Khat is illegal in the United States, but not in the United Kingdom where it was decided the evidence didn’t warrant banning it. But there are other problems than medical ones:

The plant’s cost has been linked to family problems, including domestic abuse, said Starlin Mohamud, a Somali immigrant who is completing a dissertation on khat at San Diego State University.

In fact, within the East African community in the U.S., there are many who welcome the khat restrictions.

“I have seen what it does,” Mohamud said. “Families who are trying to make ends meet on a daily basis cannot afford it. It just creates so many problems between a husband and wife to the point where a broken family is going to be the result.”

Ann posted in November about a large shipment of Khat intercepted in Nashville. She quoted from the article:

Police said money used from khat sales often goes to pay for vehicles used in car bombs and other forms of terrorist attacks.

Just another one of the cultural wonders we get from the Somali refugees, courtesy of the State Department.

Hamas and the demonstrations

In a post yesterday I named the groups that joined with ANSWER to hold demonstrations against Israel all around America. One group not mentioned was Hamas. Last night I happened to catch a report on the war in Gaza by Brigitte Gabriel on Michael Savage’s talk show (which I usually turn off). As part of the report she said that Hamas has cells in 30 American cities, and she named the cities. I can’t find anything online about this, but Brigitte Gabriel knows what she is talking about. So I am certain that Hamas is intimately involved in these demonstrations. I don’t know which group or groups are fronts for Hamas — perhaps all of them are. If a reader knows more about this, please let us know.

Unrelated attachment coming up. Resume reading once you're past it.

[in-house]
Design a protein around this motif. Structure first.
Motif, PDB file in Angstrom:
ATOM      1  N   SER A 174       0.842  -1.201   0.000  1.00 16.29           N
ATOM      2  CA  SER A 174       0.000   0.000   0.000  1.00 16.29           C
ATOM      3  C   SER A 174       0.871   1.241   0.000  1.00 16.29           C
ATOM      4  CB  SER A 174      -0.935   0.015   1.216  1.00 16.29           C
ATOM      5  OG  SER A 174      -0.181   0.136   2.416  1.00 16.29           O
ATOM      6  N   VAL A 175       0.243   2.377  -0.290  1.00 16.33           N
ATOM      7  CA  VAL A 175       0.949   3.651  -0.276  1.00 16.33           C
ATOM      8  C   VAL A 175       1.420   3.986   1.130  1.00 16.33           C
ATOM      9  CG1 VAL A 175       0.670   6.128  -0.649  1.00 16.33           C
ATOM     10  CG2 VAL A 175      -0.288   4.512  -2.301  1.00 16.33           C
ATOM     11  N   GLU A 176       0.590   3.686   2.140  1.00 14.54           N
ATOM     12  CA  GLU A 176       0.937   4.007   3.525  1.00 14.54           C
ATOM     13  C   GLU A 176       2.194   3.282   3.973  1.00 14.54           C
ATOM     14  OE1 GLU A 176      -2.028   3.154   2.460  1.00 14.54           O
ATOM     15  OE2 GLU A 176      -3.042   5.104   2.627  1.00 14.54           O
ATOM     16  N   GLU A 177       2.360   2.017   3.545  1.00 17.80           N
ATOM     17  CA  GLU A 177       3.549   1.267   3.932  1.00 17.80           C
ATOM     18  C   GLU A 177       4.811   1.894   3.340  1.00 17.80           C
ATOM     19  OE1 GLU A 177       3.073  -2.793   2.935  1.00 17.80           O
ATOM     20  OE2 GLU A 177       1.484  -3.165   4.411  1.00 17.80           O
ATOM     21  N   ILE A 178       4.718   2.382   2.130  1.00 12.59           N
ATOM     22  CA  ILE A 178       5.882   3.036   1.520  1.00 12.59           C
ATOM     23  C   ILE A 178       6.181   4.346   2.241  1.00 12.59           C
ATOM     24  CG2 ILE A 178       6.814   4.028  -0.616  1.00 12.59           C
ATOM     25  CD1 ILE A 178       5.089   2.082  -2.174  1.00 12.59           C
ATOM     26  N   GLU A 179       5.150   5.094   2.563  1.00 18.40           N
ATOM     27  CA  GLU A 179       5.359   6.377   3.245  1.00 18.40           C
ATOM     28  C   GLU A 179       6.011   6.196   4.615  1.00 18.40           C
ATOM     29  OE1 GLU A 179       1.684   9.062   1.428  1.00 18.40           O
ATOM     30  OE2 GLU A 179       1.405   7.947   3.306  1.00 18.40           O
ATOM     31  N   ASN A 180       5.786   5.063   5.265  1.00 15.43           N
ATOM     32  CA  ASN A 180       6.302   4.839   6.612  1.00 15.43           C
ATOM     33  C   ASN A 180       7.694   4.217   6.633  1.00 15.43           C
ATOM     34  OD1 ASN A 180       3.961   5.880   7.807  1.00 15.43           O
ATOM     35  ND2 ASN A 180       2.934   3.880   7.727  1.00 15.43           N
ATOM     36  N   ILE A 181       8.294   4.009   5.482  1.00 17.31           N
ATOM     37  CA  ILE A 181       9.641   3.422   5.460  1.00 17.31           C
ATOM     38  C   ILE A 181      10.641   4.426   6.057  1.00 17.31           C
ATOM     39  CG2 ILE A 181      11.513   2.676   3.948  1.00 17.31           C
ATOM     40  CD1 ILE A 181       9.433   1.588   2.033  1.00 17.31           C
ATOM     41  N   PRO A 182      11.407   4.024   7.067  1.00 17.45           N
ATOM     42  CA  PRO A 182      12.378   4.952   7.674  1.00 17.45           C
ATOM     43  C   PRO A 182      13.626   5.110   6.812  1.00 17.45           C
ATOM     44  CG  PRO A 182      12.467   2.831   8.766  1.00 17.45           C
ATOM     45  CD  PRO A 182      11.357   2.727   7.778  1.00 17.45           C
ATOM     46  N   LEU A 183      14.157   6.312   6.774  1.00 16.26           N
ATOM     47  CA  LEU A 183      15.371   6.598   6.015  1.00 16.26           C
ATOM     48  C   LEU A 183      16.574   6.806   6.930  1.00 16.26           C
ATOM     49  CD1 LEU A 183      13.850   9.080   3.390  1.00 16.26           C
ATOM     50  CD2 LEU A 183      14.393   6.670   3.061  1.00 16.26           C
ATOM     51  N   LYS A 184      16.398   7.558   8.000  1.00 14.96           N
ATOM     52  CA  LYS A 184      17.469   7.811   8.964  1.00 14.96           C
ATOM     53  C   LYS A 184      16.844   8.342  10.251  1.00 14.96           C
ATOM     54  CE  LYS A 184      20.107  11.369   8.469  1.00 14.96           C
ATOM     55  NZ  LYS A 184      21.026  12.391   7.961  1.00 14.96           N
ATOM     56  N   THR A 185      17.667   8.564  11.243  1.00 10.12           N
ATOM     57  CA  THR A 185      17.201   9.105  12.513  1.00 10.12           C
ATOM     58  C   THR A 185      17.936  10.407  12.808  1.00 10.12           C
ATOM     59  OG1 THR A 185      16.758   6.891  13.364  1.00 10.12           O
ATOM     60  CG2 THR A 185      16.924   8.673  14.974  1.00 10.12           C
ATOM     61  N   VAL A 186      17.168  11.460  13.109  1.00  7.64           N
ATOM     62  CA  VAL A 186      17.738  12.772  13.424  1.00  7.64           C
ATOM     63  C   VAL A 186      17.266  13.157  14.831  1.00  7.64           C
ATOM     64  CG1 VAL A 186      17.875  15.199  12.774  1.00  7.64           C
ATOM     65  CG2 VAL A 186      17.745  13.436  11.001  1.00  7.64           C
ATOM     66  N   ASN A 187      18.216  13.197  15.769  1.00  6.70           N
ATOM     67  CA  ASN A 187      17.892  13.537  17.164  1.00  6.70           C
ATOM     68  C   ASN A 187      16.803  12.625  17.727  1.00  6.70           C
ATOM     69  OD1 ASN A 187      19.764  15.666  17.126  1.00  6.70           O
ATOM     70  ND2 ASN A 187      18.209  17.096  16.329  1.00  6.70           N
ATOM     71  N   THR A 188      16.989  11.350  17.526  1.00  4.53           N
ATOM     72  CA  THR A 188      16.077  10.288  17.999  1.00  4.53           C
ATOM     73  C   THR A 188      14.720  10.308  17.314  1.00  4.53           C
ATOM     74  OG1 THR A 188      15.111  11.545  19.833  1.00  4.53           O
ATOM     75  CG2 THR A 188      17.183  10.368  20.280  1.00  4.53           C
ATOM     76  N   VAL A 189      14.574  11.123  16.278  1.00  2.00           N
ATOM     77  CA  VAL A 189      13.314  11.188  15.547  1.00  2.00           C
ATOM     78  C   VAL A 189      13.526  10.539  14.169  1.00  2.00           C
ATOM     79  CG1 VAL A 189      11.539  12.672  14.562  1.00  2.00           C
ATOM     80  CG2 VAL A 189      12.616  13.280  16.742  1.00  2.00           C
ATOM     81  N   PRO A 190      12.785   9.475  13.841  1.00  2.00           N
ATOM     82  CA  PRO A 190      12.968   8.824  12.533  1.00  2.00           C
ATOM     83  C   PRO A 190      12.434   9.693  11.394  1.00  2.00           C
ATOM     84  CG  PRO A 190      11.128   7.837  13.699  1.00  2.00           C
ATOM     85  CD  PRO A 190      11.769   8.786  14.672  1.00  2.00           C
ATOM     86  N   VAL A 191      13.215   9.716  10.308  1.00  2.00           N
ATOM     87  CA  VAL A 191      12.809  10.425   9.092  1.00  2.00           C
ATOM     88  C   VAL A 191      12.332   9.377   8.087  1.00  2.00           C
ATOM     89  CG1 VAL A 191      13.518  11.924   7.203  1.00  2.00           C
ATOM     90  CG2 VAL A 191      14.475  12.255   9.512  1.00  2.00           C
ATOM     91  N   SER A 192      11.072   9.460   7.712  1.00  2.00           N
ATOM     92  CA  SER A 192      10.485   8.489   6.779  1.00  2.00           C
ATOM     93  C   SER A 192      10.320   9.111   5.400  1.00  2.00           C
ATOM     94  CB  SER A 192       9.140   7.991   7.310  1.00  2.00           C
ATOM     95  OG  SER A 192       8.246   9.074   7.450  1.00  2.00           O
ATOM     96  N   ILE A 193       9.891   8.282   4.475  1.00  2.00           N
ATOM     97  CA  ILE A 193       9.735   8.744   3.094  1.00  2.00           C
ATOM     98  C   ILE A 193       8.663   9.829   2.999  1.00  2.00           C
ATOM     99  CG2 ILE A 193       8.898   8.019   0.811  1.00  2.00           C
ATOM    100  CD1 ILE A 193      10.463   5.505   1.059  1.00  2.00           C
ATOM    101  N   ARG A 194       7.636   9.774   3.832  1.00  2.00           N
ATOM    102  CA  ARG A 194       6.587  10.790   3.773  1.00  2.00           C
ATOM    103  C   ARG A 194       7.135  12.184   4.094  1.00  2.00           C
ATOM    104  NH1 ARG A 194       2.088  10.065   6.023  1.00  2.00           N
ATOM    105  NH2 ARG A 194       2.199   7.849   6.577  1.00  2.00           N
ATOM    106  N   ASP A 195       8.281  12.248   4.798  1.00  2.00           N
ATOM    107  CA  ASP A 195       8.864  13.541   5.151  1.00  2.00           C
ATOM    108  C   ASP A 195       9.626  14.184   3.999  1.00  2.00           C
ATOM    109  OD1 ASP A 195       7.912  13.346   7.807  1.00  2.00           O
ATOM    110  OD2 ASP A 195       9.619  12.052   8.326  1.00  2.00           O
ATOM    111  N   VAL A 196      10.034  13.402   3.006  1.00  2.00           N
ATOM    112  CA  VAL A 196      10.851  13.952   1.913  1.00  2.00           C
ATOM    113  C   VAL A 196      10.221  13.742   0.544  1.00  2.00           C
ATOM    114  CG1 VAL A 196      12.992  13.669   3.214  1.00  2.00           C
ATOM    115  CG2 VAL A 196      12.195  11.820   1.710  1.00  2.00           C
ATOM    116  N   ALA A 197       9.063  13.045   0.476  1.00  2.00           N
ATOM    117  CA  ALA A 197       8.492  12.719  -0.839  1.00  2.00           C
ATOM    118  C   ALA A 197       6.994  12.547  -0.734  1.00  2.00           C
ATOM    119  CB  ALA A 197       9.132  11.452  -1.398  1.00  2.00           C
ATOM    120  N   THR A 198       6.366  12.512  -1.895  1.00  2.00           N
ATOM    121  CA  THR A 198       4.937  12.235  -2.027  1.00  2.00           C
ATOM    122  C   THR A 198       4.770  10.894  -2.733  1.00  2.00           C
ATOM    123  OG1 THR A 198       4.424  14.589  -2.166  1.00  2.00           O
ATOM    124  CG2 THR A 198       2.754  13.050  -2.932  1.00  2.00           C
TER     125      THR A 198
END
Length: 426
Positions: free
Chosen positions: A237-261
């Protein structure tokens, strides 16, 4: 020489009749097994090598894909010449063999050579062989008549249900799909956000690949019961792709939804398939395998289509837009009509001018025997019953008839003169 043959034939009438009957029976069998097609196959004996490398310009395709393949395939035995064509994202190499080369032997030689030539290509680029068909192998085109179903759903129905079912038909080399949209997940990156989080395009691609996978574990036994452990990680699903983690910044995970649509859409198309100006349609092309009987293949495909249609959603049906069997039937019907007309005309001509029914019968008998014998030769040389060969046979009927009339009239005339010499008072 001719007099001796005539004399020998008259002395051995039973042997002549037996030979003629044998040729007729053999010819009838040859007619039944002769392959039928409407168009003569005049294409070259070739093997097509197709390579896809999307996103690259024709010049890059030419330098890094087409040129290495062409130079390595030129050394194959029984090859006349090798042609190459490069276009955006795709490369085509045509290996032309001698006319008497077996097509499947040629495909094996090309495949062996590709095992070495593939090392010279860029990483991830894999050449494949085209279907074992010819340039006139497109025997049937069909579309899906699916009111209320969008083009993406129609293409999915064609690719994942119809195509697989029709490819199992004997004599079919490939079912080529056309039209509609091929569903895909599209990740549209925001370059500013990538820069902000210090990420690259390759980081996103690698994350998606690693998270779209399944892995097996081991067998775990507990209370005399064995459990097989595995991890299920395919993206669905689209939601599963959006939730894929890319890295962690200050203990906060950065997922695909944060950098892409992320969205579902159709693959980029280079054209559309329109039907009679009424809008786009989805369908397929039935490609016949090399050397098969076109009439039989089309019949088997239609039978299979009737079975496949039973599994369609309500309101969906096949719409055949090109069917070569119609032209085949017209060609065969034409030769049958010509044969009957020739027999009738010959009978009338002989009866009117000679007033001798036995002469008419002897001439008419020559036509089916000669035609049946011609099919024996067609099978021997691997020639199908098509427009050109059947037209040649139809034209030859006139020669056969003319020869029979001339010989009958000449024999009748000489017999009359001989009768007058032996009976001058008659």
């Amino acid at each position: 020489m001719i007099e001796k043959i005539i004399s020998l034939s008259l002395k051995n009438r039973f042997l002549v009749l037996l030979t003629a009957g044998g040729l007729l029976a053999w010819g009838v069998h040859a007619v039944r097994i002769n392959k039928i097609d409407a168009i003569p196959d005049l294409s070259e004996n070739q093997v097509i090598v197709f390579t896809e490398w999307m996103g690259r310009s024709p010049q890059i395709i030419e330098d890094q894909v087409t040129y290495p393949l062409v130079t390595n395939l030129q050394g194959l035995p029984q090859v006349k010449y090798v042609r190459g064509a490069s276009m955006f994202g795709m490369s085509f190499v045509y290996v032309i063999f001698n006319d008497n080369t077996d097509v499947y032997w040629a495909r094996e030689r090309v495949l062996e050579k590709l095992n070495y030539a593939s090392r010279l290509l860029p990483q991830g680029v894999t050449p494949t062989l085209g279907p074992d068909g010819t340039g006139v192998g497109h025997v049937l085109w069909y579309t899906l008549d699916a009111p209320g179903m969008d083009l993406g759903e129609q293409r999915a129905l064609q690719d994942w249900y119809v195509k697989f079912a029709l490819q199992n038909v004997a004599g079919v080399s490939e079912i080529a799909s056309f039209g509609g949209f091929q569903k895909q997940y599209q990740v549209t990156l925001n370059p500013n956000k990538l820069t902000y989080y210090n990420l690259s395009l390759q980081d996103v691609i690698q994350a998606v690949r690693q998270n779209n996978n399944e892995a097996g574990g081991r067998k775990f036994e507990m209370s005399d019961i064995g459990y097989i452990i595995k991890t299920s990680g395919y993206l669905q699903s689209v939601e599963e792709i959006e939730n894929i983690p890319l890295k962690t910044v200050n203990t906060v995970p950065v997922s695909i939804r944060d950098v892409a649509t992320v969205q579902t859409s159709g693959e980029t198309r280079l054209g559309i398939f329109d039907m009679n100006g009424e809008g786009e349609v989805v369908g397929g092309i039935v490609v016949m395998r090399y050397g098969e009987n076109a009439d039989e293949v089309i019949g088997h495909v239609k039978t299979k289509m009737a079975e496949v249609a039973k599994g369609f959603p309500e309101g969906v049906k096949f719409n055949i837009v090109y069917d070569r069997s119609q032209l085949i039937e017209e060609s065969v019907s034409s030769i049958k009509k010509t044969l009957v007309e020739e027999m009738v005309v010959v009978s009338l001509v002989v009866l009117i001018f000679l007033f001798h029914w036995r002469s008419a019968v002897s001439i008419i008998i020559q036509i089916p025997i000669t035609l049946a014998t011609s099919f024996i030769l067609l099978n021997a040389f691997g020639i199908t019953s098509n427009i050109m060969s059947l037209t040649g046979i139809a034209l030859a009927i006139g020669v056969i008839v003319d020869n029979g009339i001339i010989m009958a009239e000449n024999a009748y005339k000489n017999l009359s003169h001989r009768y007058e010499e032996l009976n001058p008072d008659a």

Sharansky on how the UN and Western nations perpetuate the “refugee” problem

Natan Sharansky, ex-Soviet dissident, ex-Israeli government minister, and continuing perceptive commentator, has an excellent column in the Wall Street Journal today on the Palestinian problem we’ve written about so frequently.

It’s well worth reading the whole thing. Here are some important excerpts:

On the current clash: